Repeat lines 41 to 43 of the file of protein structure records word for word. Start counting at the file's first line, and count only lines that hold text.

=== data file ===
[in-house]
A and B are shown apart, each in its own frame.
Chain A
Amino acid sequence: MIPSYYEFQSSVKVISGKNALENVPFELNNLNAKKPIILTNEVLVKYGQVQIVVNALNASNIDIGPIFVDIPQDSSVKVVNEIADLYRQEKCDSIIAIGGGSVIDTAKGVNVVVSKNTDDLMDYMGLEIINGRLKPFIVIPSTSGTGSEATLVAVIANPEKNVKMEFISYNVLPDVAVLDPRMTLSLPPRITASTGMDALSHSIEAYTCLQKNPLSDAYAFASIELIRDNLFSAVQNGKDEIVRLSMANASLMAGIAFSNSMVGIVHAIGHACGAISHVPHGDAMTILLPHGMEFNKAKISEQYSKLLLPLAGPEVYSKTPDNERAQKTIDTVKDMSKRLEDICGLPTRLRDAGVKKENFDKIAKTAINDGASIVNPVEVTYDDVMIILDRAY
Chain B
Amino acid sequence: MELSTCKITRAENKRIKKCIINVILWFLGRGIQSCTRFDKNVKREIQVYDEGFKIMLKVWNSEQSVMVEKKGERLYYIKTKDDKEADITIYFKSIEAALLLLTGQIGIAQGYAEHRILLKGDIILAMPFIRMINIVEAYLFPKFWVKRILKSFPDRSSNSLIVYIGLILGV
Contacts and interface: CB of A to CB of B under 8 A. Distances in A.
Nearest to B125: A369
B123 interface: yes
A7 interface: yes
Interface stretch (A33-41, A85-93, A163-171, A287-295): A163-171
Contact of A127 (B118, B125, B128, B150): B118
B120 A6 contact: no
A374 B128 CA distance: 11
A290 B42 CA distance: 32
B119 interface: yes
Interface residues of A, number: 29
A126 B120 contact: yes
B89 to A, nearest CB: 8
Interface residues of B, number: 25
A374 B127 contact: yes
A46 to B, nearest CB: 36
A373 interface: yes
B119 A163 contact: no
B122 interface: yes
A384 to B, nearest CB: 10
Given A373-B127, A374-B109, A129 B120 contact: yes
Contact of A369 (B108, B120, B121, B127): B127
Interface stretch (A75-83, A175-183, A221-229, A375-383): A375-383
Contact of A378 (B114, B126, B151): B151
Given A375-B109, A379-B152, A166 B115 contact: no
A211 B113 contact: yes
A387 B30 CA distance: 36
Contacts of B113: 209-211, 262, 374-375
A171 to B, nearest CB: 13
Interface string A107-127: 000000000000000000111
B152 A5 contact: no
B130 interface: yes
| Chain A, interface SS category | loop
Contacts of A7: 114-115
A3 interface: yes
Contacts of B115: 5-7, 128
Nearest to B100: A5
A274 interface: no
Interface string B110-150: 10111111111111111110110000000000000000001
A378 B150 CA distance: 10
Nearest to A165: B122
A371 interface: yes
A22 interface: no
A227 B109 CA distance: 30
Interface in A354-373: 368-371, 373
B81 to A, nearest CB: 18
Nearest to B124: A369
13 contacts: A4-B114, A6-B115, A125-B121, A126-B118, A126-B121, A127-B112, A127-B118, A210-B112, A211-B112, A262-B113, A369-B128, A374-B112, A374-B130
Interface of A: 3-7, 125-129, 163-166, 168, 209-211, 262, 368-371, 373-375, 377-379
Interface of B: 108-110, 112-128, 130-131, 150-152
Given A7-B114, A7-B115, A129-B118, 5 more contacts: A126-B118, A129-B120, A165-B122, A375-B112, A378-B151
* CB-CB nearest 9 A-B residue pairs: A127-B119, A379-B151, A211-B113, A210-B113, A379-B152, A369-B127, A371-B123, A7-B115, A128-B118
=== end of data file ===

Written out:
A3 interface: yes
Contacts of B115: 5-7, 128
Nearest to B100: A5